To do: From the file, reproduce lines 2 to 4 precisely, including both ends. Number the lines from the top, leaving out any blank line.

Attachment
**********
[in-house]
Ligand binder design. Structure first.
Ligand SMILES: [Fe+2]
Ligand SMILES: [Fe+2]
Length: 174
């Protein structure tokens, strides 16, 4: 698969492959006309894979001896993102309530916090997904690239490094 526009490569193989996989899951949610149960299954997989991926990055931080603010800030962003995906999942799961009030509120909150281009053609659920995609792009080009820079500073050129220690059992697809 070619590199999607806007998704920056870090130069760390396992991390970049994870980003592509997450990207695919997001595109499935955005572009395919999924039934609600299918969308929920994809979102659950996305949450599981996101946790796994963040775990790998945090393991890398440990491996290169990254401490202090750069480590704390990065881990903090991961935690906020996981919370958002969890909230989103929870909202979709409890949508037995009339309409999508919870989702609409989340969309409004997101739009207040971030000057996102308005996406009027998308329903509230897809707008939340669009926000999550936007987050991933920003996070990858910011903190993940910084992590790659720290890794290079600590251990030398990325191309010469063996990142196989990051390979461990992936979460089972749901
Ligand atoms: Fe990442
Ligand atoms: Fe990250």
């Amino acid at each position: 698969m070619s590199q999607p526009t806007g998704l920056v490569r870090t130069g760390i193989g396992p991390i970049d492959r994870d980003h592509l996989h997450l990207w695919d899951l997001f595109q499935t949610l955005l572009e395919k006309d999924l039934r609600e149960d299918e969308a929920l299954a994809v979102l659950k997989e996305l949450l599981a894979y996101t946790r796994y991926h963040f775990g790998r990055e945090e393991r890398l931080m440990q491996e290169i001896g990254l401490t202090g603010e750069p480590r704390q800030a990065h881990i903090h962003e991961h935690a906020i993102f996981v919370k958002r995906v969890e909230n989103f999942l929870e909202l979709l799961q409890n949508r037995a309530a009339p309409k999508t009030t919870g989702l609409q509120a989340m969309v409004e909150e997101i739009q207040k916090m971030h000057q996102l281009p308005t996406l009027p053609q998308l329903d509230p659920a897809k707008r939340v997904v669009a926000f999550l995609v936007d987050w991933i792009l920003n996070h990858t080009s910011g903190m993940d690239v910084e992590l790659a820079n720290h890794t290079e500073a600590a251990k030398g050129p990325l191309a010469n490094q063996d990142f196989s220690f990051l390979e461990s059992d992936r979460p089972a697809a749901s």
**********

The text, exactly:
Ligand binder design. Structure first.
Ligand SMILES: [Fe+2]
Ligand SMILES: [Fe+2]